Despite the absence of adequate safety or efficacy data, clindamycin
is widely prescribed in the neonatal intensive care unit. We evaluated the association between clindamycin
exposure and adverse events, as well as antibiotic effectiveness in infants.
This was a retrospective cohort study of infants receiving clindamycin
before postnatal day 121 who were discharged from a Pediatrix Medical Group neonatal intensive care unit (1997–2015). Using a previously developed pharmacokinetic model, we performed simulations to predict clindamycin
exposure based on available dosing data. We used multivariable logistic regression to evaluate the association between clindamycin
exposure and safety outcomes during and after clindamycin
therapy. We reported the proportion of infants with methicillin-resistant Staphylococcus aureus
(MRSA) bacteremia and clearance of MRSA bacteremia.
A total of 4089 infants received clindamycin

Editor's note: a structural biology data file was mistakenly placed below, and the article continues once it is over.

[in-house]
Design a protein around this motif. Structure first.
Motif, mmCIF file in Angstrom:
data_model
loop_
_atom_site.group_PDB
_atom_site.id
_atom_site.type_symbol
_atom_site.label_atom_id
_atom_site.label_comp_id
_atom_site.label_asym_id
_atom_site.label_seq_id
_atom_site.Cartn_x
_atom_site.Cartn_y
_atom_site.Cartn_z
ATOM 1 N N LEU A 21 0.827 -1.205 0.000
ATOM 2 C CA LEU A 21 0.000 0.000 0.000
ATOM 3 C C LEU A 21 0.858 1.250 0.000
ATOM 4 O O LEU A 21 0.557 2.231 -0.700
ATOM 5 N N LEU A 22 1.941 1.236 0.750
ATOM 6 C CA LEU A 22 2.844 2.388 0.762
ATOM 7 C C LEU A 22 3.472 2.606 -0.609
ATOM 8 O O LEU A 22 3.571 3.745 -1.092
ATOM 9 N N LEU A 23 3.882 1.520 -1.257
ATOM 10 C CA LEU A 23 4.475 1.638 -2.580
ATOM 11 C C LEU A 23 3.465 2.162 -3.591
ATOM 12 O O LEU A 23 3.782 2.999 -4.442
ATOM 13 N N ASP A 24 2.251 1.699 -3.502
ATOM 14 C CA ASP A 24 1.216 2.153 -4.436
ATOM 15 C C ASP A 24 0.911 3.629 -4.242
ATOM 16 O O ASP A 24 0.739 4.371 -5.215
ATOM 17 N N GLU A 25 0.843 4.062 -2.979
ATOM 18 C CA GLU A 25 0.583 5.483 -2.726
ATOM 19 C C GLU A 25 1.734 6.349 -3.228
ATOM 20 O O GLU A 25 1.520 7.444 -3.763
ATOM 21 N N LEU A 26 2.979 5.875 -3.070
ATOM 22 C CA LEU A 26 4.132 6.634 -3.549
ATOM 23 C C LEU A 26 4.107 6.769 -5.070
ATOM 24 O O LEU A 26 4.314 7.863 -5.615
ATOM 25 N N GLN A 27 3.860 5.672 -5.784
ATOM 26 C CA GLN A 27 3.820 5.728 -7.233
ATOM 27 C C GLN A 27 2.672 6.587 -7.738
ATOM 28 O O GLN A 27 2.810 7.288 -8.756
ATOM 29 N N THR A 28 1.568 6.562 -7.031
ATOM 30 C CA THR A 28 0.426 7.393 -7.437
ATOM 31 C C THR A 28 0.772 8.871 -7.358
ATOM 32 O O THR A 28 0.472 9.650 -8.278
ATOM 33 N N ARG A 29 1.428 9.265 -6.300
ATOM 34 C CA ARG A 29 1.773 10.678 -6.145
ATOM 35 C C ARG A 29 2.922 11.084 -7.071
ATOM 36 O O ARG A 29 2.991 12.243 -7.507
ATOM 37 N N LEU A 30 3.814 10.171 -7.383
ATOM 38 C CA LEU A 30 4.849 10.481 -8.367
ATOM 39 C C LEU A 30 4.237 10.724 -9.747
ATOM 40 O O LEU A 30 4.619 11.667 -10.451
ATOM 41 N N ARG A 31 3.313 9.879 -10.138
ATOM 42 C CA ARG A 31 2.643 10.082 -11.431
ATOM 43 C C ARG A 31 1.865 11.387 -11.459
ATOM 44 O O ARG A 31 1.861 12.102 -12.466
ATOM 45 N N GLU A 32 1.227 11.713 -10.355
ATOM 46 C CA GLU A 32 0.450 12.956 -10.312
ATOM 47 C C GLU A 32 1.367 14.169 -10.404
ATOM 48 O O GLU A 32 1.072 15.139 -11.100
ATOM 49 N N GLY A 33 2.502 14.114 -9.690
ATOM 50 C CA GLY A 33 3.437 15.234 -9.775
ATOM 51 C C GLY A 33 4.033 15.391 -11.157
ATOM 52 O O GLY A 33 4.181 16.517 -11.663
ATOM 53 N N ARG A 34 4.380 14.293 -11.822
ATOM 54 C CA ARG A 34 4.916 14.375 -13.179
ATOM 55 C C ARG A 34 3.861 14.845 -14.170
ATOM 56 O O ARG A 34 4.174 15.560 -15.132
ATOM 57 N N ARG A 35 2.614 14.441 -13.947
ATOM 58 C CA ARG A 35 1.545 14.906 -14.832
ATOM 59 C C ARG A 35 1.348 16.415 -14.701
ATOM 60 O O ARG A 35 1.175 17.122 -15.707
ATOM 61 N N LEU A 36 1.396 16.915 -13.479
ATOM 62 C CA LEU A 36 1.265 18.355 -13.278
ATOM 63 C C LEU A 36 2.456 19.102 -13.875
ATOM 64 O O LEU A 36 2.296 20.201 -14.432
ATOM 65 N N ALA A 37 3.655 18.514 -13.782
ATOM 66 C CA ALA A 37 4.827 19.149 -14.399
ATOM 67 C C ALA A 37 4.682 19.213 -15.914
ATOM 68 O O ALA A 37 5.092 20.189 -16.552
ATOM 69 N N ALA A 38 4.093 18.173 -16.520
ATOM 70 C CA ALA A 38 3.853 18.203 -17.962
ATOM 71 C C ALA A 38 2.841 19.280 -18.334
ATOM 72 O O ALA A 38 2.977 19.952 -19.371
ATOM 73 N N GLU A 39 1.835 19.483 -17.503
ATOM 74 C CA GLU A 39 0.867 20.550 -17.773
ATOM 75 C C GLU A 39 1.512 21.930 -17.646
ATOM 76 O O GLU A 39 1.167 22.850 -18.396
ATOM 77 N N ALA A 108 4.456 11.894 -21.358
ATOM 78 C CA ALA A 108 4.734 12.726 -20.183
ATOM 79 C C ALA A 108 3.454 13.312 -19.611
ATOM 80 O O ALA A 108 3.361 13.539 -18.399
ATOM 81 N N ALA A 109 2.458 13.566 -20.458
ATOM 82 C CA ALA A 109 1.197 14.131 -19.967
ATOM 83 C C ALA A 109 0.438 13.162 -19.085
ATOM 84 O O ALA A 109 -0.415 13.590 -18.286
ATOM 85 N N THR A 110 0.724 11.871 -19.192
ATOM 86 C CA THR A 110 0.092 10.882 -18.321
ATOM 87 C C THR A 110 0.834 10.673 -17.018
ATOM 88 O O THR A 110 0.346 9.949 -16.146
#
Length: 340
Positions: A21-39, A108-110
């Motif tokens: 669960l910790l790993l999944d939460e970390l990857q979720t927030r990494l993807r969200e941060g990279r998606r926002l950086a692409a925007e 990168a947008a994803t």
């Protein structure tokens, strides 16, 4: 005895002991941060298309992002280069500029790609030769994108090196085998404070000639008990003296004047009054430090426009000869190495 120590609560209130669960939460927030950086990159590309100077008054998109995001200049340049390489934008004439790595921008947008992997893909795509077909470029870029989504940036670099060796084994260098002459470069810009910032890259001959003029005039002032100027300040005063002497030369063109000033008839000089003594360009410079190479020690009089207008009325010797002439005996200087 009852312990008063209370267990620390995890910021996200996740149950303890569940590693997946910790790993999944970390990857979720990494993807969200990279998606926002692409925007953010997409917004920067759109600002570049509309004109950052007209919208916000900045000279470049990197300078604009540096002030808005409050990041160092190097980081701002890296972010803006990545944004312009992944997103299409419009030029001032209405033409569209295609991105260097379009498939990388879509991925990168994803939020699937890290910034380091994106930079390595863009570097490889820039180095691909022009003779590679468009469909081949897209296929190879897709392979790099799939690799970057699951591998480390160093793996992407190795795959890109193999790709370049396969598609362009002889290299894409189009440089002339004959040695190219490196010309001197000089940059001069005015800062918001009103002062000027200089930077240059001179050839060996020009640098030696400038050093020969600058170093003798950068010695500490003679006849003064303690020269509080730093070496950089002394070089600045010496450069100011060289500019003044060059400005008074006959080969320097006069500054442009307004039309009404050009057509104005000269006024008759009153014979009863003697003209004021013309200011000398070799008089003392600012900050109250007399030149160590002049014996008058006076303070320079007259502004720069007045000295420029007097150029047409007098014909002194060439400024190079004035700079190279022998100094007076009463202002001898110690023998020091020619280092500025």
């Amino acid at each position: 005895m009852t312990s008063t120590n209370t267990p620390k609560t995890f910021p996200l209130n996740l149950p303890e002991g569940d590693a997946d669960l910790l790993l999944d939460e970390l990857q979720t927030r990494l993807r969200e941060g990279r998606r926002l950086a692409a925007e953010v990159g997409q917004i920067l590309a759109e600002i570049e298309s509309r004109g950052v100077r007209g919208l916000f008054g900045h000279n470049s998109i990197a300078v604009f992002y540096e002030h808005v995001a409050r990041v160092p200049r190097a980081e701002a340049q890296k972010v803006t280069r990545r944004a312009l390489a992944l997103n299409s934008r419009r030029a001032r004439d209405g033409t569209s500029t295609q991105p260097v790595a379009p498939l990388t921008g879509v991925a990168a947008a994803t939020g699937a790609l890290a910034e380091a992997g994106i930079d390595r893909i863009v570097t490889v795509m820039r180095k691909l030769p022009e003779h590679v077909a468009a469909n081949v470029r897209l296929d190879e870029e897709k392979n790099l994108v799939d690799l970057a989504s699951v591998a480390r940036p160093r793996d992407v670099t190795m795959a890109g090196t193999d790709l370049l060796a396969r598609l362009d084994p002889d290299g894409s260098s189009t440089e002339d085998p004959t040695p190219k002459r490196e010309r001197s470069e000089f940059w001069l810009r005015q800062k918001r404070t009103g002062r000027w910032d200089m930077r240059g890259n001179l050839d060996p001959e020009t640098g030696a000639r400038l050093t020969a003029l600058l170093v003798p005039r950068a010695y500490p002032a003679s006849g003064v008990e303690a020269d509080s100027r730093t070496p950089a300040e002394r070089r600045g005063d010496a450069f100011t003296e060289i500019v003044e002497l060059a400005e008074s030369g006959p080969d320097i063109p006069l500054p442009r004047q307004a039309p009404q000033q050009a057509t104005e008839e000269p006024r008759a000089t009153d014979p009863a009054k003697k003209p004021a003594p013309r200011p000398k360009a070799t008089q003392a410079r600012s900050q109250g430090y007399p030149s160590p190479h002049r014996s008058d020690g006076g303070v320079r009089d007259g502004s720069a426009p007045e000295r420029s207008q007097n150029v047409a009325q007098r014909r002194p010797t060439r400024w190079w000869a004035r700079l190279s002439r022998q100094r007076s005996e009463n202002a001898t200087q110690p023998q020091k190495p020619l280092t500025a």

at a median (25th–75th percentile) dose of 15 mg/kg/d (12–16). Clearance increased with older gestational age. Infants with the highest total clindamycin
exposure had marginally increased odds of necrotizing enterocolitis within 7 days (adjusted odds ratio = 1.95 [1.04–3.63]), but exposure was not associated with death, sepsis, seizures, intestinal perforation or intestinal strictures. Of 25 infants who had MRSA bacteremia, 19 (76%) cleared the infection by the end of the clindamycin
exposure was not associated with increased odds of death or nonlaboratory adverse events. The use of pharmacokinetic models combined with available electronic health record data offers a valuable, cost-effective approach to analyzing the safety and effectiveness of drugs in infants when large-scale trials are not feasible.